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FOR BORING TALK, HERE'S AN 'OPTION'.

Byline: Evan Henerson Theater Critic

IT MAY NOT be entirely fair to ponder the dramatic might-have-beens had Dakin Matthews - an exceptional actor as well as an erudite author/director/translator - starred in his new play ``The Savannah Option.'' Possibly even opposite his wife, Anne McNaughton, who directs ``Option's'' world premiere production for the Andak Stage Company in NoHo. Whether he's playing classics or contemporary, Matthews as performer tends to burn up a stage. And this two-character play sure could use some heat.

It's not that Michael Winters and Julia Fletcher - the actors who play a pair of long-winded intellectuals - aren't up to snuff. They're fine: credible, callow (when needed) and occasionally capable of getting an audience to feel their wounds.

Unfortunately, ``The Savannah Option'' is 95 percent a head play, a psychological theory brought smartly but icily to life. What human sparks there are come late and aren't especially arresting. We're less invested in whether these two brilliant but lonely souls have a shared romantic destiny than whether they might lose each other as conversation partners. They should certainly keep talking. Preferably out of anybody else's earshot.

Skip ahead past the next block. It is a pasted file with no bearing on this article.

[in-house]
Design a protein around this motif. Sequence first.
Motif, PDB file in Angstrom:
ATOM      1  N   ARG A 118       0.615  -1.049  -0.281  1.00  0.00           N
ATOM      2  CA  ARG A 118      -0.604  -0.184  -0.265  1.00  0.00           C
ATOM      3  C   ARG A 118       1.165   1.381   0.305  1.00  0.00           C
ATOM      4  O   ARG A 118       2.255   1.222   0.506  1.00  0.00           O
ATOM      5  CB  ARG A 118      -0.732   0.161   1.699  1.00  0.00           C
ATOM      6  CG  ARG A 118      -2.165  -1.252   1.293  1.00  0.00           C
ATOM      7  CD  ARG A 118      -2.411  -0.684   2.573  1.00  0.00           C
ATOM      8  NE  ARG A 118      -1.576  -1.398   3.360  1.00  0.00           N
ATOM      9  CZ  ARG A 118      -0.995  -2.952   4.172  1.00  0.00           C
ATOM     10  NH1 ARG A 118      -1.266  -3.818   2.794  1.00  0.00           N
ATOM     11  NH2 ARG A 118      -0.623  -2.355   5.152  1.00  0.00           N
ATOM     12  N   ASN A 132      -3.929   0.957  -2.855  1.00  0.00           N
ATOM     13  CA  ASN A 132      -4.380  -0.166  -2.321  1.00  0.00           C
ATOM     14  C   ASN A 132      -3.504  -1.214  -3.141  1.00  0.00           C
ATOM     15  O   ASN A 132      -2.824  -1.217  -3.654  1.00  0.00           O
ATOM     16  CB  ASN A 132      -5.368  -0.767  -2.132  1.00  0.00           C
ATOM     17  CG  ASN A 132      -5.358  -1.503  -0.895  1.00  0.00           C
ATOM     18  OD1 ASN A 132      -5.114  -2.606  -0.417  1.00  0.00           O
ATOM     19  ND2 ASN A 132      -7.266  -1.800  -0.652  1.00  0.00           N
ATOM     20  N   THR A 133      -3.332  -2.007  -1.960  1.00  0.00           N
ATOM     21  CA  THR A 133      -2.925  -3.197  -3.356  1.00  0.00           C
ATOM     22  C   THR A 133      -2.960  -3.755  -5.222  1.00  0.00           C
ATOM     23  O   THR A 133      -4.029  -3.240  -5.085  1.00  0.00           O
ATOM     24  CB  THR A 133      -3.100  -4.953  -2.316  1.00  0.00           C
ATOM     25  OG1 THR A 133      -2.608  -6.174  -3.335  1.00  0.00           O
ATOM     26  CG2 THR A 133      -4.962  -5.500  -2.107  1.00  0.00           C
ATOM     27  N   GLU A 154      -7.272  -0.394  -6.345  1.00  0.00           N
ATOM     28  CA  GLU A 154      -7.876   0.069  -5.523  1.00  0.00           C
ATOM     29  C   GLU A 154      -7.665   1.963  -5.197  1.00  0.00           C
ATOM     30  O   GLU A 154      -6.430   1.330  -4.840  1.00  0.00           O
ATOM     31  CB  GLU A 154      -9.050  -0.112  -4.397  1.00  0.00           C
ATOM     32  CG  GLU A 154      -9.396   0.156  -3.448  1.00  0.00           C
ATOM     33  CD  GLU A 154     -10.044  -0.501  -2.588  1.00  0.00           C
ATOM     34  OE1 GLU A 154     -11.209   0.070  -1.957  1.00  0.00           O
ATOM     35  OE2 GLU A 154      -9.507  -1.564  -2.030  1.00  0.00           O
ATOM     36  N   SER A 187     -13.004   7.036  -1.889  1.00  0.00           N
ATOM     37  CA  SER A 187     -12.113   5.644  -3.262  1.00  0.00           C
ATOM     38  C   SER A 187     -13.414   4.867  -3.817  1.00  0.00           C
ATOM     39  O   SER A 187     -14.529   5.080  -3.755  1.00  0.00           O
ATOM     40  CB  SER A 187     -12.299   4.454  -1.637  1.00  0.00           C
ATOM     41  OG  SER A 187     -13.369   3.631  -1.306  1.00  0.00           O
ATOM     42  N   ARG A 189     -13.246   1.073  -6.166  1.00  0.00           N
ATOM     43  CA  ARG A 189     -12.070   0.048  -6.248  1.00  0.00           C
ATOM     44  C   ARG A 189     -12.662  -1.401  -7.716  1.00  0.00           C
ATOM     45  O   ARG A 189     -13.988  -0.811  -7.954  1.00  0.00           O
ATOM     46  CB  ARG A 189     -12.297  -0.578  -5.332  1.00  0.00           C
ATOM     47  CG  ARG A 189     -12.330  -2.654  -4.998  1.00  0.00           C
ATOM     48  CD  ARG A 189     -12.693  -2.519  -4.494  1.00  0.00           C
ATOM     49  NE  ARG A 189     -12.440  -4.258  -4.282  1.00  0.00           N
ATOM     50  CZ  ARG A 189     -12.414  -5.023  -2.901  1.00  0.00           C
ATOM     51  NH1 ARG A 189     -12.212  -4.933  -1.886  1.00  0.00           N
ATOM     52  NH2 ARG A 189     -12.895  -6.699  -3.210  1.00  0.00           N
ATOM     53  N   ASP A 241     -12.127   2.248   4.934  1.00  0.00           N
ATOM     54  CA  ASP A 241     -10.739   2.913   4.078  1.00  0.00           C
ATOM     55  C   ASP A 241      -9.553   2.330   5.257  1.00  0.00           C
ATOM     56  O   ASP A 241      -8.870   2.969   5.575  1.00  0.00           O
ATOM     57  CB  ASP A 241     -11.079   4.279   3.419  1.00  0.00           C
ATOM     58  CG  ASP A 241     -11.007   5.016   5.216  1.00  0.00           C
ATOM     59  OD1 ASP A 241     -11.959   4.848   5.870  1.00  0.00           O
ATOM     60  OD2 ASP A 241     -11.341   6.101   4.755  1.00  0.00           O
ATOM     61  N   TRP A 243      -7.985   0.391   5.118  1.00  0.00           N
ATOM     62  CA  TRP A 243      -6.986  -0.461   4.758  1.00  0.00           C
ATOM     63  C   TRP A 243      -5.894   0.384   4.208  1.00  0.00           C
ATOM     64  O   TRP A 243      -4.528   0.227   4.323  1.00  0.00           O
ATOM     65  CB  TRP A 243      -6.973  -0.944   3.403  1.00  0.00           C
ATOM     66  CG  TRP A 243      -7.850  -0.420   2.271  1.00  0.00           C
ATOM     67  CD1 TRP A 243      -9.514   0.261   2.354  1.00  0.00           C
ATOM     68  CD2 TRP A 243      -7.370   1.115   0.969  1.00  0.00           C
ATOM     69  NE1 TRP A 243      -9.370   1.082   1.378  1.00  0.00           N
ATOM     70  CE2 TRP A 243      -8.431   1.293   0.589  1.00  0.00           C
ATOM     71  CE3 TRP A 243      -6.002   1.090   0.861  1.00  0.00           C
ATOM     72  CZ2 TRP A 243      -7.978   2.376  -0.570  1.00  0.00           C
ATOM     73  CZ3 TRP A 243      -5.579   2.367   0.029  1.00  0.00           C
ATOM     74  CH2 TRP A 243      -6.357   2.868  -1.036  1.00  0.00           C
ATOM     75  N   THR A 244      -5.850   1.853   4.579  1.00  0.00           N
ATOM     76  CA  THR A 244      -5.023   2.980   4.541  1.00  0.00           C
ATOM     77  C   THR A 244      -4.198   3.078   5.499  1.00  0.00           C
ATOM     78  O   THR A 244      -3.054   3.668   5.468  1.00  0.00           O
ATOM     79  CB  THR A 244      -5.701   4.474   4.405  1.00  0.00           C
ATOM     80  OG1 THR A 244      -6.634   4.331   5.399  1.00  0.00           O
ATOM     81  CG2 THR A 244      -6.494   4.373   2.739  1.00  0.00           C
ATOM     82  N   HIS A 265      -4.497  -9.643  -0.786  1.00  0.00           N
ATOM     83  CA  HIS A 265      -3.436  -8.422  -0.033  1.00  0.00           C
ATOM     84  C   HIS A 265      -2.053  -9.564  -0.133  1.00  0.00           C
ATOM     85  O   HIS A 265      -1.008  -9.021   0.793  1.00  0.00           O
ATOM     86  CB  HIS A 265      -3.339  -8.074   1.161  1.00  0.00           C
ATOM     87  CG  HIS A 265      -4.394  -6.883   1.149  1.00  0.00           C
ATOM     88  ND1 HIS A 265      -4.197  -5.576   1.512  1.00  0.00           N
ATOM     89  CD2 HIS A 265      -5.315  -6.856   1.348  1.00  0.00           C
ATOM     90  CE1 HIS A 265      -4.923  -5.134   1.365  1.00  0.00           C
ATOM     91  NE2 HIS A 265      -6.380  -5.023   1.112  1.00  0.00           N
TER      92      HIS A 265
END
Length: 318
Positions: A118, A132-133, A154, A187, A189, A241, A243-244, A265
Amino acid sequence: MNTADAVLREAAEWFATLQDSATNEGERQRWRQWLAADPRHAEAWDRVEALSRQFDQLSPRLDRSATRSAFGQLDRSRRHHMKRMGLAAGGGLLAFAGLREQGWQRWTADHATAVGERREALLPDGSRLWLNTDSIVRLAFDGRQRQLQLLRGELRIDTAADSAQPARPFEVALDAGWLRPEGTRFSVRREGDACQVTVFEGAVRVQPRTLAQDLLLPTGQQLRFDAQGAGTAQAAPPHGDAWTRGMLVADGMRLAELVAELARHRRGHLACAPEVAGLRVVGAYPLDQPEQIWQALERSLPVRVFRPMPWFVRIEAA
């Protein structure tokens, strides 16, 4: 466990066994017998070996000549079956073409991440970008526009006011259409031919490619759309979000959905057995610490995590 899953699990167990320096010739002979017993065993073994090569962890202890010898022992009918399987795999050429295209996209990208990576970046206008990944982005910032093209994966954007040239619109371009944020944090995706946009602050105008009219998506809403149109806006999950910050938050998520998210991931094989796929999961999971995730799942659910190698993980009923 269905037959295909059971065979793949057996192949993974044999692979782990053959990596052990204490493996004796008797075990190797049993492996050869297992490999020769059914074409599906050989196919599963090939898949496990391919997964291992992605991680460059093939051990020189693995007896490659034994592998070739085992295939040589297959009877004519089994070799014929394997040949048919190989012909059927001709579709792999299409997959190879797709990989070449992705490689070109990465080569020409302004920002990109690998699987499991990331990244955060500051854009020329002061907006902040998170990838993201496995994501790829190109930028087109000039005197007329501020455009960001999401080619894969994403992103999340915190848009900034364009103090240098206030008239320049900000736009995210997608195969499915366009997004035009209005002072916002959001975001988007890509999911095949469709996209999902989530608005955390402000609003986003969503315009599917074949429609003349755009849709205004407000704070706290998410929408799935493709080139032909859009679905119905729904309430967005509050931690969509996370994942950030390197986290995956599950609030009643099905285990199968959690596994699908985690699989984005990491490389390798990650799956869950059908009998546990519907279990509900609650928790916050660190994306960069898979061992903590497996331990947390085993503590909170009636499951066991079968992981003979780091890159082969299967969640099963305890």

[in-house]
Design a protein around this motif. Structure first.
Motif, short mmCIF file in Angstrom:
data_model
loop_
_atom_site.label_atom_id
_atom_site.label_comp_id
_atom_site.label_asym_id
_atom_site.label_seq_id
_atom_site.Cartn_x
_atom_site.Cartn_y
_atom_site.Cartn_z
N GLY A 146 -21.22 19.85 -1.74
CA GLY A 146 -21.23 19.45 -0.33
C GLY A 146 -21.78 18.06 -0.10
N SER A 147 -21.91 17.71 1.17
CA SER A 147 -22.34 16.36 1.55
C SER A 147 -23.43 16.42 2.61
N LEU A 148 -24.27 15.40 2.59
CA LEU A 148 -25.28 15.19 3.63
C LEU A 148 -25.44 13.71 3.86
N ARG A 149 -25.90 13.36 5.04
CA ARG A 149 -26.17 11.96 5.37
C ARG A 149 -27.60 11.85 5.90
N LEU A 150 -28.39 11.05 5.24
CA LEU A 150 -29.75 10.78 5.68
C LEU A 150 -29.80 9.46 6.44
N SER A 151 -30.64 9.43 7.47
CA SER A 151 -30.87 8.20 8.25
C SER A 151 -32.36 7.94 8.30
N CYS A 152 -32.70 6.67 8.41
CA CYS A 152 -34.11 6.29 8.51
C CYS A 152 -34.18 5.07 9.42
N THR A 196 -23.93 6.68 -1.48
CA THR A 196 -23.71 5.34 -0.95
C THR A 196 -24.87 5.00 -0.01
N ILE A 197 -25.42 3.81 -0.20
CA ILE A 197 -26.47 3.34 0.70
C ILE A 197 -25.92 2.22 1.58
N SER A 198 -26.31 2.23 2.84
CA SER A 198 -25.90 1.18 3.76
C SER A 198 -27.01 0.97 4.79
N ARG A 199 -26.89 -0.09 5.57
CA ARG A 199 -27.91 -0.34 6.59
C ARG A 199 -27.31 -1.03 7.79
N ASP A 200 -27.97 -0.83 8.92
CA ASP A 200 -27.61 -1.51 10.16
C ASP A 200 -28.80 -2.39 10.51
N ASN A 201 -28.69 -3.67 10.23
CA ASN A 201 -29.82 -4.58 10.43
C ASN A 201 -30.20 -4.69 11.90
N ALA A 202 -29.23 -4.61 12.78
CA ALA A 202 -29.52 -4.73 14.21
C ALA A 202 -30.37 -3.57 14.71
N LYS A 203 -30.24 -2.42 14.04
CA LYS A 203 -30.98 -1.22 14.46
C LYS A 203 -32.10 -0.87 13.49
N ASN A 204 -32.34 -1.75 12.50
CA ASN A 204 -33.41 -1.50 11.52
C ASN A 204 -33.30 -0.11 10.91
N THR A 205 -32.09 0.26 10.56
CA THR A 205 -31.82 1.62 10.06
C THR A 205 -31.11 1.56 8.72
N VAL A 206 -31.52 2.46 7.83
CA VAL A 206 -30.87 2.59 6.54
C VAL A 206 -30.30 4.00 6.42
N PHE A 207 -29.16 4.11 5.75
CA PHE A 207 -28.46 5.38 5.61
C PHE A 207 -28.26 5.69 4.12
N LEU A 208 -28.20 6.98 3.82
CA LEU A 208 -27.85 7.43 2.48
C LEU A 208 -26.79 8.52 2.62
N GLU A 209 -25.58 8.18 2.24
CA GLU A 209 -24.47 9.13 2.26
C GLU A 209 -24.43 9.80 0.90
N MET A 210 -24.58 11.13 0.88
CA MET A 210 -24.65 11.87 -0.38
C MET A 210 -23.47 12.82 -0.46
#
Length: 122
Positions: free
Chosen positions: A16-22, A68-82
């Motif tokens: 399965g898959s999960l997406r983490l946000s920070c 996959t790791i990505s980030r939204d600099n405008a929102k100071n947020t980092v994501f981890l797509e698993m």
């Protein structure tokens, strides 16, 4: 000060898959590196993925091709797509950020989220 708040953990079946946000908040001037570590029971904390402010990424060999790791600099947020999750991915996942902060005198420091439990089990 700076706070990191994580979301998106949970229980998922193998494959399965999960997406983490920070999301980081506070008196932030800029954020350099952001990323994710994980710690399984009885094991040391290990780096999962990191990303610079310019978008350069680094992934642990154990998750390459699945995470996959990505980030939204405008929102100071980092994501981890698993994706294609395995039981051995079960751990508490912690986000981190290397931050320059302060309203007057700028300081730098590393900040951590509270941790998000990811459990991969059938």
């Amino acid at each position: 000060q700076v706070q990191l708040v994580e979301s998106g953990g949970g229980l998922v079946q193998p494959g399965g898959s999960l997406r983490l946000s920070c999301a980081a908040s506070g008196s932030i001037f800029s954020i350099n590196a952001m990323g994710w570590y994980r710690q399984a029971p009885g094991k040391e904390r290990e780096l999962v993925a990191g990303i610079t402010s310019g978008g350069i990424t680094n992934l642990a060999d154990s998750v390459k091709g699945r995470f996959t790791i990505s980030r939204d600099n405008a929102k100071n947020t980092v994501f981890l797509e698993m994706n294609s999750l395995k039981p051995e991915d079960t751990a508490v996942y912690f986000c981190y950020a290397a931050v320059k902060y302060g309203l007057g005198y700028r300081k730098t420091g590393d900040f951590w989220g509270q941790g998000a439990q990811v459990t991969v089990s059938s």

Manuel Perry (Winters) is a poet. Emilia Balisteri is a biologist. Manny's wife - Emilia's best friend - is dying of cancer, meaning Manny is essentially living at her house for easy hospital proximity. As Manny wrestles with his growing love for Emilia, and the accompanying guilt, the two profs cook meals and discuss some of the finer points of evolutionary psychology. How much does nature - human or otherwise - dictate whether a man placed in Manny's position will behave or how Emilia will respond?

The play is set at a Savannah, Ga., college. Choices (options) are key themes. There is also a character (unseen but crucial) named Savannah.

There is not, alas, much reason to invest. ``The Savannah Option'' is intelligently written, but living term papers don't often carry much dramatic heft.

Evan Henerson, (818) 713-3651

evan.henerson(at)dailynews.com

THE SAVANNAH OPTION - Two stars

Where: NewPlace Theatre, 4900 Vineland Ave., North Hollywood.

When: 8 p.m. Thursday through Saturday, 2:30 p.m. Sunday; through March 13.

Tickets: $20 Fridays and Saturdays, $18 Thursdays and Sundays. Call (818) 506-8462.

In a nutshell: Intellectually stimulating but not much of a love story.
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Publication:Daily News (Los Angeles, CA)
Date:Mar 5, 2005
Words:378
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